Vale Inco deal set
Local contractors hoping for work
The province has officially inked a deal on the construction of a commercial hydromet plant at Long Harbour with Vale Inco.
The deal, which was originally reached Jan. 29, will see work begin this April.
Natural Resources Minister Kathy Dunderdale announced the formalization of the deal March 25.
“With the official documents in place, we look forward to the start of this project and the significant increase in local employment it will bring to the Placentia Bay region,” said Dunderdale. “The formal legal agreements are now in place to cement the agreement-in-principle negotiated to ensure the project’s timely start along the new timelines for a February 2013 completion date and the accompanying monitoring requirements over that time.”
Placentia Mayor Bill Hogan said it does mean that people can stop worrying that the project won’t come, but now there are new things to worry about.
“I think there will be lots of benefit once the thing is up and operating, opportunities for employment and maybe some opportunities for local suppliers, but during construction, I’m not seeing that happening,” Mayor Hogan stated.“I’m talking local contractors.”
He said some local businesses are finding it difficult to meet the agenda of the proposal calls that are out.
“If we go back a number of years, we were raided in this community by emissaries of Inco at the time. They came here and had public meeting after public meeting.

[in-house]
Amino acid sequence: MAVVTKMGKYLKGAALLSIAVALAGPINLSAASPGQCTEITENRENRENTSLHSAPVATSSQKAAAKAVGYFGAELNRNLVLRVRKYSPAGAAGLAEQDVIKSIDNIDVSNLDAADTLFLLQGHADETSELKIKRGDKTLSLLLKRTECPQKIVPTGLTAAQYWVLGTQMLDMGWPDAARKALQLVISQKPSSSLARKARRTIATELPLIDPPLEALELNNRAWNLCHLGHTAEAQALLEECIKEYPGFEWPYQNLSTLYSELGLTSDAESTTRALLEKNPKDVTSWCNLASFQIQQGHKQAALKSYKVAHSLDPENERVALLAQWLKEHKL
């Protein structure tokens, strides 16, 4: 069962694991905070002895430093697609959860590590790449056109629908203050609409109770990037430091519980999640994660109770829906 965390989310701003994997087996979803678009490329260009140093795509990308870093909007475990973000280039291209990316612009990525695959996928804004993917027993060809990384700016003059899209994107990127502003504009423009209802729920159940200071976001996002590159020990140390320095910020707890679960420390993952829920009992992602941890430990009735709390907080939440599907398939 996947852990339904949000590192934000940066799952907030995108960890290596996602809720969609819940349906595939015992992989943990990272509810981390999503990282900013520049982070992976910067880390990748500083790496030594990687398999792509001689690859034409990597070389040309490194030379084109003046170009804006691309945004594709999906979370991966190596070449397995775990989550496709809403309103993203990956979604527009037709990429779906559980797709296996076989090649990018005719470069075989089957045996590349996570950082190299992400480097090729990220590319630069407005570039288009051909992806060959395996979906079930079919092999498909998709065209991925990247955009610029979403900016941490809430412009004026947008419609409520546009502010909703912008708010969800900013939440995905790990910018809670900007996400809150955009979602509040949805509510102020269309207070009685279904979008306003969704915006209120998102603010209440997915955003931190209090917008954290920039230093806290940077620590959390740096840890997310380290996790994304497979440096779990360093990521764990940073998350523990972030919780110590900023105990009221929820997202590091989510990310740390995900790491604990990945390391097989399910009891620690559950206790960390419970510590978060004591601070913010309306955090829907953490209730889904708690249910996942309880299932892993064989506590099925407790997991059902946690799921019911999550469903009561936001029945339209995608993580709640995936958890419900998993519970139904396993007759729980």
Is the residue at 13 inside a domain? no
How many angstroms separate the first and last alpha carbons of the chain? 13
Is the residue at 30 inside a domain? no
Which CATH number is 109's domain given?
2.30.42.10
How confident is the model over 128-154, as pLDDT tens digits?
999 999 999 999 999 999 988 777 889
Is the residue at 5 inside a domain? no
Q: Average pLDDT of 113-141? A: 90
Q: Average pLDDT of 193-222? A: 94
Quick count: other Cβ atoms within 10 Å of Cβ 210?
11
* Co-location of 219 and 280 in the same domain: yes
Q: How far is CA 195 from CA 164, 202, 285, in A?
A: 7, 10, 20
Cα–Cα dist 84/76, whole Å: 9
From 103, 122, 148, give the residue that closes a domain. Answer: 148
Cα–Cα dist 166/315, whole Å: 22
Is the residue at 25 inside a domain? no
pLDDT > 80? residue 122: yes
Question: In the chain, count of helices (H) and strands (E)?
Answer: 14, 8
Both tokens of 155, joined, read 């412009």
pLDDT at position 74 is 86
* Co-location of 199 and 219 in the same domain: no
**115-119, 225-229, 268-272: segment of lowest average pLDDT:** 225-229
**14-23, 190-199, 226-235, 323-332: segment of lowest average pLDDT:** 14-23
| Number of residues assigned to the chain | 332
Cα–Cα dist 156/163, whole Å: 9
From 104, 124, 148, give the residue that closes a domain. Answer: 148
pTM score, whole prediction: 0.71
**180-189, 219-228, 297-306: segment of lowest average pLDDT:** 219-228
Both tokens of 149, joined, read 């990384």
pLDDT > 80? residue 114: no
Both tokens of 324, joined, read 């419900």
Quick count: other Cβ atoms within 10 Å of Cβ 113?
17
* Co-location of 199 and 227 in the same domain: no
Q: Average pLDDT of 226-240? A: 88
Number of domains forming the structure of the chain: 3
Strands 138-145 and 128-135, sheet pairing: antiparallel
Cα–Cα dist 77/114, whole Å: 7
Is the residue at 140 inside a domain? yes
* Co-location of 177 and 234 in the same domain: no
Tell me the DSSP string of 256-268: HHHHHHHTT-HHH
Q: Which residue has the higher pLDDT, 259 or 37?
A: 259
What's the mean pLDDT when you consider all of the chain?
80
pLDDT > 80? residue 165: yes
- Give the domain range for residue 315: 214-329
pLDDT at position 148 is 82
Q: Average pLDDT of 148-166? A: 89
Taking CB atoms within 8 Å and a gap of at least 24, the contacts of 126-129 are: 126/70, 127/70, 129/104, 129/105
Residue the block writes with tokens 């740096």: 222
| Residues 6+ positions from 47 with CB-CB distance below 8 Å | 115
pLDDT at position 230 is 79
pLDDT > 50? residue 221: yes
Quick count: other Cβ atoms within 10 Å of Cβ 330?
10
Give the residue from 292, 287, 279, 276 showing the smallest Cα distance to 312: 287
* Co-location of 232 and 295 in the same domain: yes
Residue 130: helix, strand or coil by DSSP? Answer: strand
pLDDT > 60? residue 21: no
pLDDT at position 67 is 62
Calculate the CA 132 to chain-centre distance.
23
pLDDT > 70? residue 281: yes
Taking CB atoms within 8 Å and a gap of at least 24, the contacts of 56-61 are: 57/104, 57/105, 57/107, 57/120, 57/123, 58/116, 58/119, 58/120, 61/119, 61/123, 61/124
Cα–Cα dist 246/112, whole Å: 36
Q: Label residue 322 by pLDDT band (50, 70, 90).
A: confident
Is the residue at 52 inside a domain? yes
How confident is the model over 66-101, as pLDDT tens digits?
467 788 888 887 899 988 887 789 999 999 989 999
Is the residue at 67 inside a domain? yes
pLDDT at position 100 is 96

“They called in all the suppliers and talked about the great benefits that were going to come with the construction of this plant and how well the local suppliers and... those who would be looking for a job... how they should be prepared, and they should be doing this and they should be doing that and here’s the success in other communities,” explained the Placentia mayor.
“It sounds great. I have not seen that and I hear from contractors for recent jobs that have been called down there, and contractors and suppliers are saying to me that they are having great difficulty in addressing the fine print and the agenda of the proposals that have been put out there for work,” he said.
“It’s a big issue in that local contractors are cynical and continue to be cynical. They’ve been waiting for this day to come and they’re not sure they are going to get work down there.”
The development agreement includes established timelines for the project to start, enhanced local benefits and greater protection of the province’s resources. It also reflects Vale Inco’s commitment to an employment target of 8.9 million total person hours within the province, which is 77 per cent of the total project employment and to paying the island industrial rate for the power supply — two significant gains over the original agreement, according to a Natural Resources press release from March 25, 2009.
Vale Inco is expected to submit its final implementation plan for the project on March 31.
“Initial work at the site will begin in April with site clearing and demolition work and we look forward to reaching the six project milestones committed by the company for the first half of this year,” Minister Dunderdale said.
Construction on the plant should be completed by February 2013.
The capital cost of the processing-plant project is estimated at about US$2.17-billion.
For more information on the development agreement, visit the website at www.gov.nl.ca/releases/2009/exe c/0129n08.htm.